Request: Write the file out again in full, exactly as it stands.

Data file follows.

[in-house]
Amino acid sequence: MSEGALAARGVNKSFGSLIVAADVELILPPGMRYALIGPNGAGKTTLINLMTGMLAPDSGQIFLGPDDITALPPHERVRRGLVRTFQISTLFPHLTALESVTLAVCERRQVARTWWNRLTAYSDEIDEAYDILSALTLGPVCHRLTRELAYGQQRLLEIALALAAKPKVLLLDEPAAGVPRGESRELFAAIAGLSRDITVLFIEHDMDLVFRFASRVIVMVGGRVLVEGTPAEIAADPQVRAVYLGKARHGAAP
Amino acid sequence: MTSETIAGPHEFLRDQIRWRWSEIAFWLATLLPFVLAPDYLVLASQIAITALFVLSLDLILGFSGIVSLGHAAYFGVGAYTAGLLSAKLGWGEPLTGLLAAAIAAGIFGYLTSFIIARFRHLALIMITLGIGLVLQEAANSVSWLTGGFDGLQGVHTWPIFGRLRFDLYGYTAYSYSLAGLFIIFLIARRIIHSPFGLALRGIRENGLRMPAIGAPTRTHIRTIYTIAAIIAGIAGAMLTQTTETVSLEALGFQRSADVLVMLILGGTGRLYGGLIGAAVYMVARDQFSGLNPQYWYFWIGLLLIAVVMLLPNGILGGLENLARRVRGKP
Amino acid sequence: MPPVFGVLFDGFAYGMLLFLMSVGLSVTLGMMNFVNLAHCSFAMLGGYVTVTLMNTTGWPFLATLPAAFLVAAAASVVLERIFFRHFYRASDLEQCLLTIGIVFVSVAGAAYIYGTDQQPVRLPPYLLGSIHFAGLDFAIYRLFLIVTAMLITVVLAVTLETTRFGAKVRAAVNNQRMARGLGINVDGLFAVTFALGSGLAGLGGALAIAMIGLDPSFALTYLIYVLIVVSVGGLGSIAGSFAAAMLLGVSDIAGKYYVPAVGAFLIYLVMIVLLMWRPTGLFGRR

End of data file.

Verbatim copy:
[in-house]
Amino acid sequence: MSEGALAARGVNKSFGSLIVAADVELILPPGMRYALIGPNGAGKTTLINLMTGMLAPDSGQIFLGPDDITALPPHERVRRGLVRTFQISTLFPHLTALESVTLAVCERRQVARTWWNRLTAYSDEIDEAYDILSALTLGPVCHRLTRELAYGQQRLLEIALALAAKPKVLLLDEPAAGVPRGESRELFAAIAGLSRDITVLFIEHDMDLVFRFASRVIVMVGGRVLVEGTPAEIAADPQVRAVYLGKARHGAAP
Amino acid sequence: MTSETIAGPHEFLRDQIRWRWSEIAFWLATLLPFVLAPDYLVLASQIAITALFVLSLDLILGFSGIVSLGHAAYFGVGAYTAGLLSAKLGWGEPLTGLLAAAIAAGIFGYLTSFIIARFRHLALIMITLGIGLVLQEAANSVSWLTGGFDGLQGVHTWPIFGRLRFDLYGYTAYSYSLAGLFIIFLIARRIIHSPFGLALRGIRENGLRMPAIGAPTRTHIRTIYTIAAIIAGIAGAMLTQTTETVSLEALGFQRSADVLVMLILGGTGRLYGGLIGAAVYMVARDQFSGLNPQYWYFWIGLLLIAVVMLLPNGILGGLENLARRVRGKP
Amino acid sequence: MPPVFGVLFDGFAYGMLLFLMSVGLSVTLGMMNFVNLAHCSFAMLGGYVTVTLMNTTGWPFLATLPAAFLVAAAASVVLERIFFRHFYRASDLEQCLLTIGIVFVSVAGAAYIYGTDQQPVRLPPYLLGSIHFAGLDFAIYRLFLIVTAMLITVVLAVTLETTRFGAKVRAAVNNQRMARGLGINVDGLFAVTFALGSGLAGLGGALAIAMIGLDPSFALTYLIYVLIVVSVGGLGSIAGSFAAAMLLGVSDIAGKYYVPAVGAFLIYLVMIVLLMWRPTGLFGRR